In the 2004 presidential election, the county cast 37,089 votes (66.6%) for Republican George W. Bush and 18,109 (32.5%) for Democrat John Kerry. In that same year's election for U.S. Senate, the county cast 35,336 votes (66.8%) for Republican Arlen Specter, 13,182 for Democrat Joe Hoeffel, 3,320 (6.3%) for Constitution Party candidate Jim Clymer, and 1,083 (2.0%) for Libertarian Betsy Summers. In the 2008 presidential election the county cast 34,314 votes (58.59%) for Republican John McCain and 23,310 votes (39.8%) for Barack Obama. In the 2016 presidential election, the county cast 38,804 votes (65,9 %) for Republican Donald Trump and 17,860 votes (30,3 %) for Democrat Hillary Clinton.
In the 2002 gubernatorial election, the county cast 22,659 votes (62.7%) for Republican Mike Fisher and 12,712 (35.2%) for Democrat Ed Rendell, who won the race. In the 2002 race for the U.S. House of Representatives, Republican George Gekas received 21,733 votes (60.9%) from the county while Democrat Tim Holden received 13,945 (39.1%); Holden won.
Colleges and universities
Public school districts
- Annville-Cleona School District
- Cornwall-Lebanon School District
- Eastern Lebanon County School District
- Lebanon School District
- Northern Lebanon School District
- Palmyra Area School District
Under Pennsylvania law, there are four types of incorporated municipalities: cities, boroughs, townships, and, in at most two cases, towns. The following cities, boroughs and townships are located in Lebanon County:
- Lebanon (county seat)
Other unincorporated communities
- Beverly Heights
- Buffalo Springs
- Bunker Hill
- Canaan Grove
- Clear Spring
- East Hanover
- Freeport Mills
- Gold Mine
- Gravel Hill
- Green Point
- Harper Tavern
- Millbach Springs
- Mount Ararat
- Mount Pleasant
- Mount Wilson
- Mount Zion
- Pansy Hill
- Union Water Works
- Upper Lawn
- Valley Glenn
- Weavertown, Jackson Township
- Weavertown, North Lebanon Township
- West Jonestown
- Zinns Mill
† county seat
|Rank||City/Town/etc.||Municipal type||Population (2010 Census)|
|20||Mount Gretna Heights||CDP||323|
|22||Fort Indiantown Gap||CDP||143|
Parks and recreational places
- Memorial Lake State Park
- Swatara State Park
- Union Canal Tunnel Park
- Lions Lake Park
- Coleman's Memorial Park
- Stoever's Dam Park
- South Hill's Park
- Mount Gretna Lake
- Middle Creek Wildlife Management Area
- Lebanon Valley Rails to Trails
- Bordner Cabin
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- Our County Archived July 9, 2013, at the Wayback Machine. Lebanon County Historical Society. Retrieved on July 23, 2013.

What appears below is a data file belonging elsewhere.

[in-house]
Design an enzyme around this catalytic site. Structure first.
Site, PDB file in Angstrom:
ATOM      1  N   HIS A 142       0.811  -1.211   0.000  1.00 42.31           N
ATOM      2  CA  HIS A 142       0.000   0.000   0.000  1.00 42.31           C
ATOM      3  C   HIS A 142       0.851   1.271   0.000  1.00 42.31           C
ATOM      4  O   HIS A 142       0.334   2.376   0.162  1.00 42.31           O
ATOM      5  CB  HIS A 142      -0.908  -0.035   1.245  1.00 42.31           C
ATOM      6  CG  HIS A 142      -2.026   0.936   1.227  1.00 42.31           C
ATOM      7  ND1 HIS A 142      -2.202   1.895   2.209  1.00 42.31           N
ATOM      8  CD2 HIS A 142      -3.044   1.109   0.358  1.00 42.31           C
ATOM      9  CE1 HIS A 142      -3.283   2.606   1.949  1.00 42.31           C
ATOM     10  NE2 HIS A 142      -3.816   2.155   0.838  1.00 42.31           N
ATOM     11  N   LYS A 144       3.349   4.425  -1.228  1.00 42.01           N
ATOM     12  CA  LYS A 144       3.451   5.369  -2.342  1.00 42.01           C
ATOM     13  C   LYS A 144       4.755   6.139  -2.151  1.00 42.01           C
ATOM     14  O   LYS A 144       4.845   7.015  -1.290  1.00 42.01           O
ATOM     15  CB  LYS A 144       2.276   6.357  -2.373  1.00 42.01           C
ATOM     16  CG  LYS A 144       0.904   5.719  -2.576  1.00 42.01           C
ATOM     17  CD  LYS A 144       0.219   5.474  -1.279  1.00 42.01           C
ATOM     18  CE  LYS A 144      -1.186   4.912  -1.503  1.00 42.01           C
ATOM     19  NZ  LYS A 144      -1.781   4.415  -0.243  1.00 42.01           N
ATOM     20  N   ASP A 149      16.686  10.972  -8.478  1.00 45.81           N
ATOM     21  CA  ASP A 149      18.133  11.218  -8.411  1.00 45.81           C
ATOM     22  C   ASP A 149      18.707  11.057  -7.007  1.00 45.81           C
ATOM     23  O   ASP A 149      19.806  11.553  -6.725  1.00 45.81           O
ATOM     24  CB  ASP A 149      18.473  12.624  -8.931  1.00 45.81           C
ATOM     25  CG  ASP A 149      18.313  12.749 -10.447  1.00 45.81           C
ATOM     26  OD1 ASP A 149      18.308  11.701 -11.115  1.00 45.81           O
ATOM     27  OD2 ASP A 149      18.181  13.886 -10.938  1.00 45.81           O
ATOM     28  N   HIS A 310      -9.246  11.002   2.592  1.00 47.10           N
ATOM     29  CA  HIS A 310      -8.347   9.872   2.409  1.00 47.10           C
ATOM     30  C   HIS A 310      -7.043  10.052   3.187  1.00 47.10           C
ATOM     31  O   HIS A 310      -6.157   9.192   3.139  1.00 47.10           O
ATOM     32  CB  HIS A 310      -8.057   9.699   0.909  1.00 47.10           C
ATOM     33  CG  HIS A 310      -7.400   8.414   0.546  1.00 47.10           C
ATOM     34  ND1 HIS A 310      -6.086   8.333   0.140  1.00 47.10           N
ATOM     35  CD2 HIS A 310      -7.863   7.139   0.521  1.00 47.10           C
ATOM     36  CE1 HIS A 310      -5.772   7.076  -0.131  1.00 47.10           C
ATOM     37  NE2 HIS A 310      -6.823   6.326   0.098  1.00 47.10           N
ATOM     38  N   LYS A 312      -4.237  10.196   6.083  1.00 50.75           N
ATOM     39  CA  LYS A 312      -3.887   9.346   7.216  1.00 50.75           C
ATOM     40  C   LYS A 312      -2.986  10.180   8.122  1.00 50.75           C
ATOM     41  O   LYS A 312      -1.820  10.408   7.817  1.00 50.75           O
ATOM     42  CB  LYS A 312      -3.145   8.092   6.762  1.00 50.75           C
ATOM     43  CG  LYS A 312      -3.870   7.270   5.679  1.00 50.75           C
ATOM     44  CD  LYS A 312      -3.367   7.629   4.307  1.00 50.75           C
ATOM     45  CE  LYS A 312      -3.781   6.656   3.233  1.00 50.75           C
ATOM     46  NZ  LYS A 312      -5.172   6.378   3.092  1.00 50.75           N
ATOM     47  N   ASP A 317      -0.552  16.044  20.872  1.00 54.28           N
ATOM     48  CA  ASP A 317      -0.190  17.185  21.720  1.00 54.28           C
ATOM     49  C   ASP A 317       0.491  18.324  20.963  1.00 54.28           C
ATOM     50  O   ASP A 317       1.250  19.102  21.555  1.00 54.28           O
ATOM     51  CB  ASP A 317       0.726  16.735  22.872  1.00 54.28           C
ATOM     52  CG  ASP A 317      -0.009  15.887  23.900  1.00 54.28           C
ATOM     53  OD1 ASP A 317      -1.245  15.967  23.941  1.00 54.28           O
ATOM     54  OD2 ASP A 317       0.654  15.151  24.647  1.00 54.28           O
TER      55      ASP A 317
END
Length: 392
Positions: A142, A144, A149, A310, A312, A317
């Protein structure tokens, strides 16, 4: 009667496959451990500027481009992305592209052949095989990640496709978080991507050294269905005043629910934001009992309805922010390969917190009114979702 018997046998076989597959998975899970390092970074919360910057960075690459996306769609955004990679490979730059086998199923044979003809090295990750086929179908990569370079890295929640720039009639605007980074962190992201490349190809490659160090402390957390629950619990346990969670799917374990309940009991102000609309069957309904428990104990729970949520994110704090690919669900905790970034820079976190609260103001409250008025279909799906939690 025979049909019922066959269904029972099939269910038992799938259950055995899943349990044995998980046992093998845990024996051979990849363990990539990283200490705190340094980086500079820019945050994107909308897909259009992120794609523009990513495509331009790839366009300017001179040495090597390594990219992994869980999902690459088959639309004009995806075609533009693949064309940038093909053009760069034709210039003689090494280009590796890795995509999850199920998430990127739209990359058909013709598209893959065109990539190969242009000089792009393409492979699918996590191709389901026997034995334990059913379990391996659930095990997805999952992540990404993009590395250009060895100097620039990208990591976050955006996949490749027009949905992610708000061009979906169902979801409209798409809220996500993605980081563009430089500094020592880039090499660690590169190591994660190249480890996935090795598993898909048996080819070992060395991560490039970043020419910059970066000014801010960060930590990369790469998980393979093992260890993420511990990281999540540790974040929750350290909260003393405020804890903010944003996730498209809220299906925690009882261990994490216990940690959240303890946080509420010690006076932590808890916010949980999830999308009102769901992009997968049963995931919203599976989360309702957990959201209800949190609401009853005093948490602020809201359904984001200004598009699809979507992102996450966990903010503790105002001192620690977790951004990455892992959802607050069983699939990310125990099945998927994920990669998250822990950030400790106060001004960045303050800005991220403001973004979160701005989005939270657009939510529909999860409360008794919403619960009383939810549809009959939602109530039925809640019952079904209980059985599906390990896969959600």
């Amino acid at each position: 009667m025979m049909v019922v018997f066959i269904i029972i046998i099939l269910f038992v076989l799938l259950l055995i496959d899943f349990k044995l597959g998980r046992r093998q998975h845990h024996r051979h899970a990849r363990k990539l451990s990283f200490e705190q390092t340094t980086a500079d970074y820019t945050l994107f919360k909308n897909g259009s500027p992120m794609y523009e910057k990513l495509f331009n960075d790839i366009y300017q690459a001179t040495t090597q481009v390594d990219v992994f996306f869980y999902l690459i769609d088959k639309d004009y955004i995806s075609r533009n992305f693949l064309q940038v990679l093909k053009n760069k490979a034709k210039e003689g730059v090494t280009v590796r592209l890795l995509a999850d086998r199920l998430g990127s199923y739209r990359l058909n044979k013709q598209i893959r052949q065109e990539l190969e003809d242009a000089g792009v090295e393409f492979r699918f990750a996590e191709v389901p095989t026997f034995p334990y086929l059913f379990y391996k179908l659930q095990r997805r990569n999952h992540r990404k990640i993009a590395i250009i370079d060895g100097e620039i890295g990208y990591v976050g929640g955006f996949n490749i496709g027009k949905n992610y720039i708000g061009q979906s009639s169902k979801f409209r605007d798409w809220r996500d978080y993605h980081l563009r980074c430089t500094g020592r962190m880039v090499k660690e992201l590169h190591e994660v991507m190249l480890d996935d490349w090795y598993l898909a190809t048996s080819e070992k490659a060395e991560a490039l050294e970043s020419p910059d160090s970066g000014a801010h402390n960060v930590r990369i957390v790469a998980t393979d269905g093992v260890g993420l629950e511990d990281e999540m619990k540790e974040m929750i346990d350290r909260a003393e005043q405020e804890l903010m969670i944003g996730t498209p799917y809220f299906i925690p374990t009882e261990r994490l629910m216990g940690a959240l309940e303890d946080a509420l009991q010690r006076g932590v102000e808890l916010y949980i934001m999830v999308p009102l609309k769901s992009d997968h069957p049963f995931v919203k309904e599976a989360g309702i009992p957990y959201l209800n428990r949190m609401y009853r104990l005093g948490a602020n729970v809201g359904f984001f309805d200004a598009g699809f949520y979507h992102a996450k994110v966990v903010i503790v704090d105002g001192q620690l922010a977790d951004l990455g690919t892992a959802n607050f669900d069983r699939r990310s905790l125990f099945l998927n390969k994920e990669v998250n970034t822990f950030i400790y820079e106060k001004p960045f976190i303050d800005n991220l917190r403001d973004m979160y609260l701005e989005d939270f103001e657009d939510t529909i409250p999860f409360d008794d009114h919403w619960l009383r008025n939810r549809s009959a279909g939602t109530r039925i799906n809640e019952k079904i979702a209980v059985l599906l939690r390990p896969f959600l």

- "2010 Census Gazetteer Files". United States Census Bureau. August 22, 2012. Retrieved March 9, 2015.
- Ripley, George; Dana, Charles A., eds. (1879). The American Cyclopædia. .
- "PRISM Climate Group, Oregon State U". prism.oregonstate.edu. Retrieved 2021-07-29.
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- "Census 2020".
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- http://geoelections.free.fr/. Retrieved January 13, 2021. Missing or empty
- Commonwealth of Pennsylvania Department of State. "November 2021 Voter Registration Statistics". Archived from the original (XLS) on 2021-03-09. Retrieved 2021-03-19.
- "Archived copy". Archived from the original on 2008-05-29. Retrieved 2009-03-10.CS1 maint: archived copy as title (link)
- "Archived copy". Archived from the original on 2008-11-27. Retrieved 2009-03-10.CS1 maint: archived copy as title (link)
- "Archived copy". Archived from the original on 2008-12-01. Retrieved 2009-01-05.CS1 maint: archived copy as title (link)
- "Pennsylvania Election Results 2016: President Live Map by County, Real-Time Voting Updates". Election Hub. Archived from the original on 7 November 2017. Retrieved 4 May 2018.
- "Archived copy". Archived from the original on 2008-05-15. Retrieved 2008-05-16.CS1 maint: archived copy as title (link)
- Geographic data related to Lebanon County, Pennsylvania at OpenStreetMap
- County of Lebanon (official website)
- Lebanon County Pages
- Lebanon County Historical Society
- Lebanon County Tourism Promotion Agency
- Lebanon Valley Exposition Center and Fairgrounds